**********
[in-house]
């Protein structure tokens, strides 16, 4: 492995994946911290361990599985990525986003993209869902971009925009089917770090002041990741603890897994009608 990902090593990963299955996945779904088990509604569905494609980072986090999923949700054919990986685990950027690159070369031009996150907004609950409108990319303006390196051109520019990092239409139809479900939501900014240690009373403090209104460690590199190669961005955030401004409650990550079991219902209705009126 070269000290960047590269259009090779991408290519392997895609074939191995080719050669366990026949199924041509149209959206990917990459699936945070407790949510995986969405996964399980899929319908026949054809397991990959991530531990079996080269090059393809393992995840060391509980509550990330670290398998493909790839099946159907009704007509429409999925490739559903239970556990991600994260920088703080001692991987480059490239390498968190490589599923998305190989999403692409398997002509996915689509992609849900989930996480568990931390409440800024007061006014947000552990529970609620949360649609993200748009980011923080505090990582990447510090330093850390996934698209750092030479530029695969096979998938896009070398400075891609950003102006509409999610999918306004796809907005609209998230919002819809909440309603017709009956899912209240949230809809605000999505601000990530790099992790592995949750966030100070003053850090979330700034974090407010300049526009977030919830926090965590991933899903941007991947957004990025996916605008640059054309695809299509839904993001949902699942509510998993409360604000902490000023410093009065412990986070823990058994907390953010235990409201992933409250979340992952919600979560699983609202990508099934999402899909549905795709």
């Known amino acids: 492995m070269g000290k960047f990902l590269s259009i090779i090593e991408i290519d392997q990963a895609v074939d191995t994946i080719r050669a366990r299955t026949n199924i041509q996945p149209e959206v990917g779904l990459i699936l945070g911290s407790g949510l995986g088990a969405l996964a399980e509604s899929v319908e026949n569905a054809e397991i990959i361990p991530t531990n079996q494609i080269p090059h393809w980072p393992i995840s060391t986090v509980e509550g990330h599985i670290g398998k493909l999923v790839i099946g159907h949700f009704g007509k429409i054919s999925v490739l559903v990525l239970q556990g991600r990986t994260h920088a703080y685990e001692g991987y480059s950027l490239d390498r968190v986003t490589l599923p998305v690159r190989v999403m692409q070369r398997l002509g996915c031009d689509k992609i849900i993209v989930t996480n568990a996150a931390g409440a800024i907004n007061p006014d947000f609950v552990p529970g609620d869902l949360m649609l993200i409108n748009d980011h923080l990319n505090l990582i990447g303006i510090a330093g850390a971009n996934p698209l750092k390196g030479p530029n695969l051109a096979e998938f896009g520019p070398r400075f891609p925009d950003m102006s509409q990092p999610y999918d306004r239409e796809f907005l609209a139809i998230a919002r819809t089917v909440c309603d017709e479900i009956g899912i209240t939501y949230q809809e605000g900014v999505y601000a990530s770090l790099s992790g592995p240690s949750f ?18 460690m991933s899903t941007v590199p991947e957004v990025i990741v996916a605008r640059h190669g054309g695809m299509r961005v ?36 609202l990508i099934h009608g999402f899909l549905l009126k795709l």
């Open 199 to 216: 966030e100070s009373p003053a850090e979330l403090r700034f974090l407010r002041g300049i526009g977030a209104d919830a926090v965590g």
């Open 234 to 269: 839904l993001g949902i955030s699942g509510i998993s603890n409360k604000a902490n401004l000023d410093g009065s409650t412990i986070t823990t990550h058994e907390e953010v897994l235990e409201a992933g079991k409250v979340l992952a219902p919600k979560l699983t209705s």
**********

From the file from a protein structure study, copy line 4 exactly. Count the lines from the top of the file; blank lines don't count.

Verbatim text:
């Open 199 to 216: 966030e100070s009373p003053a850090e979330l403090r700034f974090l407010r002041g300049i526009g977030a209104d919830a926090v965590g």